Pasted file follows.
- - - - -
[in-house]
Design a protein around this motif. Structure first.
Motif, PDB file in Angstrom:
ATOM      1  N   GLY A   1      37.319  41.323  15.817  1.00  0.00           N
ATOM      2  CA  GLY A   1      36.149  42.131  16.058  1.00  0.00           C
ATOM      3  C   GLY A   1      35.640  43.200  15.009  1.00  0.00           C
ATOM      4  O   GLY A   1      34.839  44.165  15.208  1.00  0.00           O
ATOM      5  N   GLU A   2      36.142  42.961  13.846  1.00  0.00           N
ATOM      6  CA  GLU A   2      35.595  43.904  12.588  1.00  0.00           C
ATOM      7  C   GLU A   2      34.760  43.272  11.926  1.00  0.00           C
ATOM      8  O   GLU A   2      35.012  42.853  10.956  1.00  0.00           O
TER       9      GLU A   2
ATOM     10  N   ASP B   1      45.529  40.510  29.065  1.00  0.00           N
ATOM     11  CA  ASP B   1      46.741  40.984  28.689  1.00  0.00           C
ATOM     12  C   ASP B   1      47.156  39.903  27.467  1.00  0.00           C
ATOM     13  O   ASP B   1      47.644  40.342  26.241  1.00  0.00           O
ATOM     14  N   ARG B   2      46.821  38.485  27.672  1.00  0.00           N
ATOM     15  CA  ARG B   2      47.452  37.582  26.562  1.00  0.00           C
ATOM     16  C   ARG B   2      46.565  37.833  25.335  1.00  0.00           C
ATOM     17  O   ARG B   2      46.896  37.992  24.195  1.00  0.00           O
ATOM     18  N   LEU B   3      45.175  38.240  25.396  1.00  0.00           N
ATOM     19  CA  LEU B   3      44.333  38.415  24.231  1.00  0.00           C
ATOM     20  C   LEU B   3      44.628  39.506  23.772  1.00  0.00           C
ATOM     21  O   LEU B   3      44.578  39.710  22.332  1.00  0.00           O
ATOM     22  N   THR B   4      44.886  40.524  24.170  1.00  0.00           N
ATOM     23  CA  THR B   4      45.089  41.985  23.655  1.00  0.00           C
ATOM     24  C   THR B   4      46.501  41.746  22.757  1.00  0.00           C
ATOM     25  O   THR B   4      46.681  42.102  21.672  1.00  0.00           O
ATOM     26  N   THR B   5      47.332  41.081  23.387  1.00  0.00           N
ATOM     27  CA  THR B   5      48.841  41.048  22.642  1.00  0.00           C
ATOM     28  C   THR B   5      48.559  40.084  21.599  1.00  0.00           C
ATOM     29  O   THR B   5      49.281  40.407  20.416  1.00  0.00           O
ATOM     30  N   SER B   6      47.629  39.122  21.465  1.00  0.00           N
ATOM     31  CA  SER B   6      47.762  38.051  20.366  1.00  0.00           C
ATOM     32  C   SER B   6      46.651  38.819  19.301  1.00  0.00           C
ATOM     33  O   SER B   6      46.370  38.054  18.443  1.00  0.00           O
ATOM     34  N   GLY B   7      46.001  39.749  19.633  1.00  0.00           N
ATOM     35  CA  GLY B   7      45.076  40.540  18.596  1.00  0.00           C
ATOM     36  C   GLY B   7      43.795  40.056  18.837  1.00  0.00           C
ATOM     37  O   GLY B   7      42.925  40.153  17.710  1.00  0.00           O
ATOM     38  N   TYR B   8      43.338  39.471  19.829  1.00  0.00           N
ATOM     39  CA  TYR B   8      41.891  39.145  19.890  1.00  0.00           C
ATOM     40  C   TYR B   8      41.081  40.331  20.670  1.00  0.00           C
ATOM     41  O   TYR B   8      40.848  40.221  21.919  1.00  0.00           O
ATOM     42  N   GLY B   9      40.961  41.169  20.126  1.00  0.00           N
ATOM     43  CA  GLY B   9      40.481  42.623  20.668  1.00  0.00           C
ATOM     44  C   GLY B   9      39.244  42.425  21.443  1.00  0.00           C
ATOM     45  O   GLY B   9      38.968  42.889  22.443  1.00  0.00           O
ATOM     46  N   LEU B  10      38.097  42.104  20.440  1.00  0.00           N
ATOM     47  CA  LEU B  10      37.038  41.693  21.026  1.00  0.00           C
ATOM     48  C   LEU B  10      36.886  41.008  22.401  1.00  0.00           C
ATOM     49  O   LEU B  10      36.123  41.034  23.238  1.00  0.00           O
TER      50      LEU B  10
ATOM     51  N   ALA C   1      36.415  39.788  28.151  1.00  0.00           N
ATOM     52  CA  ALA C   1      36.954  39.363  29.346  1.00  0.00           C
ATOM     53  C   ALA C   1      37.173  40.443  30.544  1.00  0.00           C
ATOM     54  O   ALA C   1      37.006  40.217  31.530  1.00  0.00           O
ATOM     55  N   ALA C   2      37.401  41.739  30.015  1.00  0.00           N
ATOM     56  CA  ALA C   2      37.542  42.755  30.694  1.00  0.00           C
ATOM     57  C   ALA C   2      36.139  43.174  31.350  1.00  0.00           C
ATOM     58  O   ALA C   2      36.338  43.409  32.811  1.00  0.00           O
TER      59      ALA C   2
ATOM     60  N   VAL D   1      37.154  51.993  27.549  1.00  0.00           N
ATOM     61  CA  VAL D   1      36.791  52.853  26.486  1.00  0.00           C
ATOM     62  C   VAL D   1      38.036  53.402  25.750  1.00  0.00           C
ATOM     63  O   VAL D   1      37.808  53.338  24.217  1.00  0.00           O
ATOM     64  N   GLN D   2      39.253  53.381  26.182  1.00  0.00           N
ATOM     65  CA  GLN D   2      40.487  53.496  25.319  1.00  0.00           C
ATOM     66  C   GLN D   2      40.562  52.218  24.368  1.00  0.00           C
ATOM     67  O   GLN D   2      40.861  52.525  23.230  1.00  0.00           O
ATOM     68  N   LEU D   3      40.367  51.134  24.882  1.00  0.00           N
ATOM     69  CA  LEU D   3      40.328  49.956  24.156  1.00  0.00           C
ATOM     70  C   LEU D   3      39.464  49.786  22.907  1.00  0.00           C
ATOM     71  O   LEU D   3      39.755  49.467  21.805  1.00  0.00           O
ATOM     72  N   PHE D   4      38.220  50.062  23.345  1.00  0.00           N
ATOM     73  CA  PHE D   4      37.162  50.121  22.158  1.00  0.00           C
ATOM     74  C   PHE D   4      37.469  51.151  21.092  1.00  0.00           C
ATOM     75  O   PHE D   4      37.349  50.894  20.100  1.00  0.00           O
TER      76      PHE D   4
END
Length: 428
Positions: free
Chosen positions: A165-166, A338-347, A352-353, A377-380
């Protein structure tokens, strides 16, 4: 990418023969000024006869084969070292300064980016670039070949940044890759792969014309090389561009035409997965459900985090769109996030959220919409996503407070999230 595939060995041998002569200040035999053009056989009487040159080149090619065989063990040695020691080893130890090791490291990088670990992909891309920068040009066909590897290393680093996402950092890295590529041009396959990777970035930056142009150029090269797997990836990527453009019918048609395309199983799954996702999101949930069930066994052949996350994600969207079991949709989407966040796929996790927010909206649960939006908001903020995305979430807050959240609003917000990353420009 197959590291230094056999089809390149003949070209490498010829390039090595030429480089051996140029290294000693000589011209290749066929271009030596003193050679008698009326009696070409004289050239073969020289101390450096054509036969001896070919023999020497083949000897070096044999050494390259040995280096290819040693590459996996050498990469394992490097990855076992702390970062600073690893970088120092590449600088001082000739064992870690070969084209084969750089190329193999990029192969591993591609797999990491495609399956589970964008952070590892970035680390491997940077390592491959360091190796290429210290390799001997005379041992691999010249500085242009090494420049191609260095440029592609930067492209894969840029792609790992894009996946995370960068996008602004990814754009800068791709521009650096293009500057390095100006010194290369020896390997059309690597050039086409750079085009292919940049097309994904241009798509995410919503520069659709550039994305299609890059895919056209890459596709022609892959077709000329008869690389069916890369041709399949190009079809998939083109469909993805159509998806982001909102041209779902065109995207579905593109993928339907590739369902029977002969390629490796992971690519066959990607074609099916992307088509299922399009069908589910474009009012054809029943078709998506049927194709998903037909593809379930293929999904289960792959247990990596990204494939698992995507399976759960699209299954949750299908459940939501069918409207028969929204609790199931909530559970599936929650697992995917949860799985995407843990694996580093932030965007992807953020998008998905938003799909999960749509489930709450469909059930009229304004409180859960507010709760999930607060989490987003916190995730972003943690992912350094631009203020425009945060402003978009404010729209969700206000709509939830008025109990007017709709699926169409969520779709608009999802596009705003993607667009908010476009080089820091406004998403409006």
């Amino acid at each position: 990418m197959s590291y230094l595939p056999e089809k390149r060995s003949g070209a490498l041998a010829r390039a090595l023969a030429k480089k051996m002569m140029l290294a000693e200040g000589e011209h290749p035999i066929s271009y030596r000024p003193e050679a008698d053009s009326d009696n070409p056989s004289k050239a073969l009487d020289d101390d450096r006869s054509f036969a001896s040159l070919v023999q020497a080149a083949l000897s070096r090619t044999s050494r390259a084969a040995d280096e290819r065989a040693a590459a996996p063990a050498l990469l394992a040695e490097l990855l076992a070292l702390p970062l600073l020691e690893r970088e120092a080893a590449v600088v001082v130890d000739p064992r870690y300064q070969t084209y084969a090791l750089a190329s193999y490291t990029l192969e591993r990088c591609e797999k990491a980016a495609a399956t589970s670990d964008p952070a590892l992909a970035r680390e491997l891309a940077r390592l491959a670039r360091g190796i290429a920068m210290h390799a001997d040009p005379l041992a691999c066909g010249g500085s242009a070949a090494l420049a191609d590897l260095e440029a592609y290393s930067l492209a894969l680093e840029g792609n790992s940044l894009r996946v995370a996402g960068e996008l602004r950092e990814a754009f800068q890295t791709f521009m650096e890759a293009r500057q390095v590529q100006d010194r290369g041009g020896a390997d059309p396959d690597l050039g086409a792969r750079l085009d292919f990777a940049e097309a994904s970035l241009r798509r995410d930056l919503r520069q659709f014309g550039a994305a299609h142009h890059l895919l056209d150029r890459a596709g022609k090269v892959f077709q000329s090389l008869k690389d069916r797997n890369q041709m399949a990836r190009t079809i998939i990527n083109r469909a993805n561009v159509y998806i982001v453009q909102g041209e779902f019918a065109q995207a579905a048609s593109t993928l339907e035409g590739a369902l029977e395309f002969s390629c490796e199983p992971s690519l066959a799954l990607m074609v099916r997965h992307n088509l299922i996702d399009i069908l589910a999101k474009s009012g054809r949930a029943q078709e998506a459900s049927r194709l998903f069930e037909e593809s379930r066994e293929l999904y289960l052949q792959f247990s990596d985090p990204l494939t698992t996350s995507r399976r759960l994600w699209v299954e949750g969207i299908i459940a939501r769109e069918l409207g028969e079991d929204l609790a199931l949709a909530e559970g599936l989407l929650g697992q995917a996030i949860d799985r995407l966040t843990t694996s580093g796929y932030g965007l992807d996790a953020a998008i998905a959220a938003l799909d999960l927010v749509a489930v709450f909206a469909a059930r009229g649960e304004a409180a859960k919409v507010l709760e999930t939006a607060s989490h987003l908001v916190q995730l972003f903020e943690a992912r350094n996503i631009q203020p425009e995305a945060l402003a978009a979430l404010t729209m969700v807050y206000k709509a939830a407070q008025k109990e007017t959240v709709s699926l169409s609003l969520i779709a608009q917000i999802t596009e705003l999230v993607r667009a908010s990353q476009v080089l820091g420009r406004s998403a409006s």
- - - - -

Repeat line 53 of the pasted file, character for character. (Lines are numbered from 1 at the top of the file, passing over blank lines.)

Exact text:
TER      50      LEU B  10